Fruit flies be gone – eaten by carnivorous Sundew
Sundews (Drosera): These sticky plants are great for trapping fruit flies and fungus gnats.
At City Farmer, we get a “horde” of calls about fruit fly problems on our Compost Hotline. The staff have a variety of answers and some of them were reproduced in the Globe and Mail newspaper last week. (See below.)
Our Bug Lady, Maria Keating added one more excellent suggestion, a small Sundew, a plant trap, that can be kept in the kitchen right next to your food scraps bucket. It’s sticky tentacles are ready and hungry for those annoying insects, which often show up on rotting food.
International Carnivorous Plant Society says: “The carnivorous sundew plant, botanical name Drosera, has about 130 species. All of the species of the sundew plant are beautiful and many look like fireworks, but they are deadly to the insects that fly near to them.
“One thing that all carnivorous sundew plants do have is the gel like substance at the tips of the tentacles that cover the leaves. This gel is a sticky substance that the insects that fly too near the plant get stuck on. The plant can then eat it.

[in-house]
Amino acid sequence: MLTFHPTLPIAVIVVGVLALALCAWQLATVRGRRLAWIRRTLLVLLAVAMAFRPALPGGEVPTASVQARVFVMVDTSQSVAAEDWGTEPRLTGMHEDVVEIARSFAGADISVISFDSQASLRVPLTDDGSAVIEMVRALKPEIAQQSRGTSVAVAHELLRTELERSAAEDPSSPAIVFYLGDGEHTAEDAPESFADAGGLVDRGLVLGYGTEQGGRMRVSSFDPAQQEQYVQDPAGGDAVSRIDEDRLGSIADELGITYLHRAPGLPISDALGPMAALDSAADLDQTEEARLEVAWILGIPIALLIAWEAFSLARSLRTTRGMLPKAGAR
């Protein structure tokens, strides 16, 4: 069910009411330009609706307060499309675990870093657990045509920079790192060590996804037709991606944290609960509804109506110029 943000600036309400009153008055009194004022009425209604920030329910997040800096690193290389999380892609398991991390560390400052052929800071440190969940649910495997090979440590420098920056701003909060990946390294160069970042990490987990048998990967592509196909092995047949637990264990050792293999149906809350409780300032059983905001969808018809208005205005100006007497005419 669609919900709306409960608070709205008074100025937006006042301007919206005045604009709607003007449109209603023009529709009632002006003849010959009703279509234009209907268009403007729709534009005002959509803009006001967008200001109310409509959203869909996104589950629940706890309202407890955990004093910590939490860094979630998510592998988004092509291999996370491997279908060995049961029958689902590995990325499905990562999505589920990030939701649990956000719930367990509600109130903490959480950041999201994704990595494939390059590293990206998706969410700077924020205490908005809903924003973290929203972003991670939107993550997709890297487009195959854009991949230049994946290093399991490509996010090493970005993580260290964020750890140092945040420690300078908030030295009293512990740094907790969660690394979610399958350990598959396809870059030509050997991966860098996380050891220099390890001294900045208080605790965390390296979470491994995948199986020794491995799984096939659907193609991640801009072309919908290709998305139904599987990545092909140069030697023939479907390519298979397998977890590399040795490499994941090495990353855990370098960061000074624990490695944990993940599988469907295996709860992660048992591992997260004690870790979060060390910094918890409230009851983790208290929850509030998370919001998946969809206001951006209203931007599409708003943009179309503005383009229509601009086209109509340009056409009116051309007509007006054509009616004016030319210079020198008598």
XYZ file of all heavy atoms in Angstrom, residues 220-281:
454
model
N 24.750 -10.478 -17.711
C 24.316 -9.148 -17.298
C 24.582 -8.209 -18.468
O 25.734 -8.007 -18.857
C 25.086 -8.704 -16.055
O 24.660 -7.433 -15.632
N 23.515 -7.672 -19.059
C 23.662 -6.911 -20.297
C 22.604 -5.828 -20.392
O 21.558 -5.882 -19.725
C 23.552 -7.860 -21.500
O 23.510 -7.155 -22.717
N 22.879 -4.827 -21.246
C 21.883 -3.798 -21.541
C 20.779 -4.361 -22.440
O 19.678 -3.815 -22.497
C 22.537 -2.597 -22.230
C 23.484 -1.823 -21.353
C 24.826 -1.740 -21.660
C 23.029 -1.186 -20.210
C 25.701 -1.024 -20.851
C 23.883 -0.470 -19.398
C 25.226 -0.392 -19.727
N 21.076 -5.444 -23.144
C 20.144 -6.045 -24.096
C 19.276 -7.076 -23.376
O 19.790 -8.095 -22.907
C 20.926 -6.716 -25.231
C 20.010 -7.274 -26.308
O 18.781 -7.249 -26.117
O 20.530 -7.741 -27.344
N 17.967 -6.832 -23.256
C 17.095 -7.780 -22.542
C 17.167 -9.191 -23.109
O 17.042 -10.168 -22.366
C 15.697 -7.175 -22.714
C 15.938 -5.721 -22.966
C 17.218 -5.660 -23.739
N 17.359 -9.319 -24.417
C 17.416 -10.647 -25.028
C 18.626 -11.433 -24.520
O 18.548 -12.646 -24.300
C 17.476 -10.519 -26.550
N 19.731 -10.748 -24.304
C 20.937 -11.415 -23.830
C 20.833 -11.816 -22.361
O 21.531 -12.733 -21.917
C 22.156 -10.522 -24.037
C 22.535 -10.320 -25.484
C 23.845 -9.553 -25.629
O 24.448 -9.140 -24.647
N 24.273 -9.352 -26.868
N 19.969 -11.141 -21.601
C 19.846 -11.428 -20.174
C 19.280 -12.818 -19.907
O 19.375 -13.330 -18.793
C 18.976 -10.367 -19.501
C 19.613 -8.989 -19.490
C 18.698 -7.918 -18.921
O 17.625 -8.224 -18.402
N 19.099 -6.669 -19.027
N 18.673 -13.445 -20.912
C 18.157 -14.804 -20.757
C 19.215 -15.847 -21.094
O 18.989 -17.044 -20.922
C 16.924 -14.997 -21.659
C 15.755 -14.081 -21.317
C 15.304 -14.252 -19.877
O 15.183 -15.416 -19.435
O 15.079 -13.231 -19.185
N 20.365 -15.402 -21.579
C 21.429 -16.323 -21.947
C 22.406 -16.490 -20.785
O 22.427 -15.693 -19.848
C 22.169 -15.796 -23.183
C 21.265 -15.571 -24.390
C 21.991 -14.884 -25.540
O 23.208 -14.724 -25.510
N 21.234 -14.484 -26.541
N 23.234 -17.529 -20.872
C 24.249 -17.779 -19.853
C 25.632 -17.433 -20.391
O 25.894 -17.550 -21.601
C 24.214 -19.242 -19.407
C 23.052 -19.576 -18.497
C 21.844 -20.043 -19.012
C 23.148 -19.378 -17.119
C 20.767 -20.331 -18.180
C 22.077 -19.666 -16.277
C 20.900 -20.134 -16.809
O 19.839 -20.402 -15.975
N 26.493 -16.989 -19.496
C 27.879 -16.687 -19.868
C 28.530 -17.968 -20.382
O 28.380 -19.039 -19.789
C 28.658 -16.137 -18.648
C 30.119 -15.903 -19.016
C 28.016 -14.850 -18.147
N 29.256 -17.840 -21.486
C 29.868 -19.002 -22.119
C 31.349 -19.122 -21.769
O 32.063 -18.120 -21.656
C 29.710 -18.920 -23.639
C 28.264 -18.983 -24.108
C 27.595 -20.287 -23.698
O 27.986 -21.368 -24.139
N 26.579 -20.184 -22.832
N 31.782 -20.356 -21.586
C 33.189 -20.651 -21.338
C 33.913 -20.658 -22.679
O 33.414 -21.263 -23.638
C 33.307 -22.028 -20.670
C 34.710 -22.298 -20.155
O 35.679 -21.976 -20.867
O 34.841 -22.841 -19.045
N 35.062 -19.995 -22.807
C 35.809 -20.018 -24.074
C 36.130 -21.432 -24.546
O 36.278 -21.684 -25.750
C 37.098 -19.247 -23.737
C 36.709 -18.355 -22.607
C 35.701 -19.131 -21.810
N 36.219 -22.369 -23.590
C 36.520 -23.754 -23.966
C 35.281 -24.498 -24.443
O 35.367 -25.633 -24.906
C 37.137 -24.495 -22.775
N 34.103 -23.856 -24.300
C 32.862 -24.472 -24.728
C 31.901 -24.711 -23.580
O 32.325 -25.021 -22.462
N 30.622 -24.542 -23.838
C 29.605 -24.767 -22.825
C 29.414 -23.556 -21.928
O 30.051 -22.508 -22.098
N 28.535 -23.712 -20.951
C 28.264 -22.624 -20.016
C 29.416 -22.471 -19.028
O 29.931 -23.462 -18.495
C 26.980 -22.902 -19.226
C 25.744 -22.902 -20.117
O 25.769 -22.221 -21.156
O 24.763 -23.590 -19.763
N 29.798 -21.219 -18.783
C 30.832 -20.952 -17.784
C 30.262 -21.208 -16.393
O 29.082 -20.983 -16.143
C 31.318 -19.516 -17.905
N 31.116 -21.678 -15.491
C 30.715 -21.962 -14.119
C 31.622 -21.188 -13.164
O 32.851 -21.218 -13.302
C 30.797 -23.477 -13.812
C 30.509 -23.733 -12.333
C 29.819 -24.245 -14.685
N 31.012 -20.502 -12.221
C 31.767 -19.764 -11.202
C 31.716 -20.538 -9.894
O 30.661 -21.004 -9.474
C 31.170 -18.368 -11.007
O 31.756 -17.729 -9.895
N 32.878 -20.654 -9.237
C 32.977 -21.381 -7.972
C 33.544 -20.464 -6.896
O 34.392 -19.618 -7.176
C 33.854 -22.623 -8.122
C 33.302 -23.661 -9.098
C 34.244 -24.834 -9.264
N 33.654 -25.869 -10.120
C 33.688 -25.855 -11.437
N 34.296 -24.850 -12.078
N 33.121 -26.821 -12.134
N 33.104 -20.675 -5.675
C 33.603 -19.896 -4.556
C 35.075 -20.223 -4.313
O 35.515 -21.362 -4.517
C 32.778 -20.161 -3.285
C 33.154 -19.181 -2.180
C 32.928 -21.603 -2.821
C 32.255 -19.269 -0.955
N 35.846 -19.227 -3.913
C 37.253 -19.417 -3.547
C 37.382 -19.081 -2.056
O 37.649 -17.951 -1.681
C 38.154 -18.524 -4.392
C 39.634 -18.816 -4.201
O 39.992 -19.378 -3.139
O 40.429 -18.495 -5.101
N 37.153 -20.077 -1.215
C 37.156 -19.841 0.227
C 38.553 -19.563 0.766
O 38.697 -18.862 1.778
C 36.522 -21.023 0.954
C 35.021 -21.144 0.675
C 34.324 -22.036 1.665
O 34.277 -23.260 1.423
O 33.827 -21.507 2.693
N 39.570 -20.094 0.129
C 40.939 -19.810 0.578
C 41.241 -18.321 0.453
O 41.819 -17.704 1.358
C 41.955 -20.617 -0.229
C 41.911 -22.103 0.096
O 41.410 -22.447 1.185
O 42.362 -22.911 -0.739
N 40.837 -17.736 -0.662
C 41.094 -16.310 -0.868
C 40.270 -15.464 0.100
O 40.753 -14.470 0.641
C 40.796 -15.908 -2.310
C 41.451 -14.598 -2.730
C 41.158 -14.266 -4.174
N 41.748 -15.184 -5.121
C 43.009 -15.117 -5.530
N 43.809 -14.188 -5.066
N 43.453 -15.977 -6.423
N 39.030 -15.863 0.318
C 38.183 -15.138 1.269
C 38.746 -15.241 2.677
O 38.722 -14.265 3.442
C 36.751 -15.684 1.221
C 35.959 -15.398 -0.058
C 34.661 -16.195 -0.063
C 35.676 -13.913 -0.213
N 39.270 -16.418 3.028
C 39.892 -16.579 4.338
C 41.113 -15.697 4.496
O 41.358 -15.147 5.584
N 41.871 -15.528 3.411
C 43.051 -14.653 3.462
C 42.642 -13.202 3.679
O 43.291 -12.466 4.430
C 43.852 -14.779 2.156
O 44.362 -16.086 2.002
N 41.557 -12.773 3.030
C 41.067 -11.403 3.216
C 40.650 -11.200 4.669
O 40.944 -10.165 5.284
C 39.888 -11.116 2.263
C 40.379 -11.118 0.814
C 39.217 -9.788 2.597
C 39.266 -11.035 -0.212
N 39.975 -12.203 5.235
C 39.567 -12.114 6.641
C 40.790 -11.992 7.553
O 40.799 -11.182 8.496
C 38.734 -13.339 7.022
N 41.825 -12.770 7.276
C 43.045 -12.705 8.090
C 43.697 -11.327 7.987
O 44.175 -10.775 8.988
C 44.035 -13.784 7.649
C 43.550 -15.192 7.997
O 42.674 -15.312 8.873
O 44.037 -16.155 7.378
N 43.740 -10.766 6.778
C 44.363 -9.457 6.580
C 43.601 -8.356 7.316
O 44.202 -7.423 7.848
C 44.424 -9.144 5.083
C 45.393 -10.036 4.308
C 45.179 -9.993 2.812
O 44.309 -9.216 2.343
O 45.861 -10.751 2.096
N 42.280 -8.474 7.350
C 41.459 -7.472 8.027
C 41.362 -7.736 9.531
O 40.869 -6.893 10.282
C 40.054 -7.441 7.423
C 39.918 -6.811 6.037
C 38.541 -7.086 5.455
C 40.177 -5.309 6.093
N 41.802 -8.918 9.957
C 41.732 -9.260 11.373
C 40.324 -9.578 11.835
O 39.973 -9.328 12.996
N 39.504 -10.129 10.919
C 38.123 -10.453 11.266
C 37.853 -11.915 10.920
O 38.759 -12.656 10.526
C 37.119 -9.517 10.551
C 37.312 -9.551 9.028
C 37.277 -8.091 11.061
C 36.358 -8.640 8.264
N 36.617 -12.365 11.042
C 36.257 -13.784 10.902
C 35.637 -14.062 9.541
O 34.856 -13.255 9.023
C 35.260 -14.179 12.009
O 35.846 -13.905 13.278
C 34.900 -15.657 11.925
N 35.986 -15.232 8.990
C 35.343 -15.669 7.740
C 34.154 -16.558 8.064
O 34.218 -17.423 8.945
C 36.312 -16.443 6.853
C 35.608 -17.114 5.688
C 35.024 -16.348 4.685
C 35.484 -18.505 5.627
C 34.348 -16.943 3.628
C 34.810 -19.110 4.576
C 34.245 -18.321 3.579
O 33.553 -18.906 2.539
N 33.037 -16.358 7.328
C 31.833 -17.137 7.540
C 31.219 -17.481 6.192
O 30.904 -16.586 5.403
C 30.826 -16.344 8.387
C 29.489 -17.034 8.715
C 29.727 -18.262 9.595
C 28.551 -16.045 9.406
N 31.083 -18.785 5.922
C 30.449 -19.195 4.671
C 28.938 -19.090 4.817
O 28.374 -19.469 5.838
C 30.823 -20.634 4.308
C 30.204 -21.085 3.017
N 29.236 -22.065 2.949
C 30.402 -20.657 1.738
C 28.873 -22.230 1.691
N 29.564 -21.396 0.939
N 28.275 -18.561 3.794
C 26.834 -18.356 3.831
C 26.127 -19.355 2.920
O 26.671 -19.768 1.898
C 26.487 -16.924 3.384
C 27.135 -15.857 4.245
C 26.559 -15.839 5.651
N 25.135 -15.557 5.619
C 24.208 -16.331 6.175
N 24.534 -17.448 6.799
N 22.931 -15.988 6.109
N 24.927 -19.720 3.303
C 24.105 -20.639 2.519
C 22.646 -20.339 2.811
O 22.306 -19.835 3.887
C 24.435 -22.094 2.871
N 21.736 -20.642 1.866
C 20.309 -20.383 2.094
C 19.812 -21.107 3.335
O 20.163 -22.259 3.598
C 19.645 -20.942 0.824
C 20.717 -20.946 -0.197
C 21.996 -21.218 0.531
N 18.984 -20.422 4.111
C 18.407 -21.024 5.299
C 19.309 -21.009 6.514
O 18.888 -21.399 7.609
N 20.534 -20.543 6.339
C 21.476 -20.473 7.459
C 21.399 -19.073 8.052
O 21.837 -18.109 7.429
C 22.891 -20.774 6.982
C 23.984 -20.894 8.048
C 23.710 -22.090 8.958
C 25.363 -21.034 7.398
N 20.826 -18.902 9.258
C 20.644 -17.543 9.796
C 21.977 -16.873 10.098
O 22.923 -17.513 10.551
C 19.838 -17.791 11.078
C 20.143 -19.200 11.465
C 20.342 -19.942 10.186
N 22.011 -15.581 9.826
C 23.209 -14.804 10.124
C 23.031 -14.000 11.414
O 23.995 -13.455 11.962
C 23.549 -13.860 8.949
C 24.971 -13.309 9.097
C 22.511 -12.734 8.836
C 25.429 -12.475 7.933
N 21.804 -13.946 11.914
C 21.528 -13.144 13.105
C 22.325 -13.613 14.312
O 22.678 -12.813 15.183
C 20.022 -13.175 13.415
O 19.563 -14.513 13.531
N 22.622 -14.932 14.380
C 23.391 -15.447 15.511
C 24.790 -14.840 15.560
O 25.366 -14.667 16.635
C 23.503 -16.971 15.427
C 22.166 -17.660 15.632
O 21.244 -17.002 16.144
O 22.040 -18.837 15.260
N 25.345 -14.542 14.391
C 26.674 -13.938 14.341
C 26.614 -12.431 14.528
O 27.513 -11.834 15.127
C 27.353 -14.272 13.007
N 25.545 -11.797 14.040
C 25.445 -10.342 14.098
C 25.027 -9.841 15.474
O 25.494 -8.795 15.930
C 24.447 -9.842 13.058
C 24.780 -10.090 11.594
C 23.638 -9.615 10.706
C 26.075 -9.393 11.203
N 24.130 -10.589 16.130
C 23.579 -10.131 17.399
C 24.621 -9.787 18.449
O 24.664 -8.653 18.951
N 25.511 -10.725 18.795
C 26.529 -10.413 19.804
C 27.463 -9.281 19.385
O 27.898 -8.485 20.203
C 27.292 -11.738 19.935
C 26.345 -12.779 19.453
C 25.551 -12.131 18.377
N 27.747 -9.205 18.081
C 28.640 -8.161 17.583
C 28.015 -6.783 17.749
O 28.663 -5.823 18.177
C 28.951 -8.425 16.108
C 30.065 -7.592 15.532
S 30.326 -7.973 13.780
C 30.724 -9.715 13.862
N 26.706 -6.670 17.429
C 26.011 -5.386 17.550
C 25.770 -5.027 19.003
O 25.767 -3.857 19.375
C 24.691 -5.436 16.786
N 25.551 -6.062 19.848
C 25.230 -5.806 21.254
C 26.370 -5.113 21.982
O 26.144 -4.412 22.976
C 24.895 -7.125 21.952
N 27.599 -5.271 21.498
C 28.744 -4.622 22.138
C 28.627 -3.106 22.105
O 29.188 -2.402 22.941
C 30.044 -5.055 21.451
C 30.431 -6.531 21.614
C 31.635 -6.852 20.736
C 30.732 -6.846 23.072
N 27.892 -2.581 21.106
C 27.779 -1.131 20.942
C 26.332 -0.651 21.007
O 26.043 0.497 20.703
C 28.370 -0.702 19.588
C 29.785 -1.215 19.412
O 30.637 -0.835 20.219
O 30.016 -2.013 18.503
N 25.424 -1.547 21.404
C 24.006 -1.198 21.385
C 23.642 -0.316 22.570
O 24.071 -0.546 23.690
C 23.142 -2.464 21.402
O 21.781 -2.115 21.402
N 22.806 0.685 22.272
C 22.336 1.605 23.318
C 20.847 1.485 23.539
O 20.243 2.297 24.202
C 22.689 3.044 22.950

“The plant is called sundew because of the gel like substance on the tentacles. The gel makes the plants look as if they have morning dew on them all day long, especially when it glistens in the sun.”
Five steps to a kitchen free of fruit flies
By Vivian Luk
Globe and Mail
July 16, 2011
Filling an indoor organic-waste bin with fruit peels, coffee grinds and meat scraps is one way to do right by the environment, but it is also a recipe for a fruit-fly problem. Fruit flies are, as the name implies, attracted to ripe fruit, and often the produce you bring home from the grocer contains fly eggs that may hatch in a matter of hours. In the summer, when compost can become stinkier than usual, fruit flies are all the more attracted to those rotting banana peels and will breed by the hundreds. Here are some ways to keep those pests out of the kitchen.
Minimize waste volume: Hold only one to two days’ worth of food scraps in a tightly sealed bin. Less food equals fewer flies.
Freeze them: Toss the contents of the organic-waste bin into the freezer before you dump the material outside. The cold temperature will kill any fruit-fly eggs.
Layer them: Place a used paper towel or brown paper bag over the scraps to soak up moisture and keep odour at bay. Food rots more slowly when there is no liquid.
Take it outside: Wrap up scraps in pieces of newspaper, paper towels or an old pizza box and take them directly to the outdoor green-waste bin.
Trap them: In a small container, combine half a cup of fruit juice, two drops of vinegar and two drops of liquid dish soap and seal the container with plastic wrap. Poke holes into the wrap with a toothpick and place the container beside or on top of the bin. The fermenting vinegar and fruit juice will attract adult flies and the soap will kill them. Empty the container every three to four days.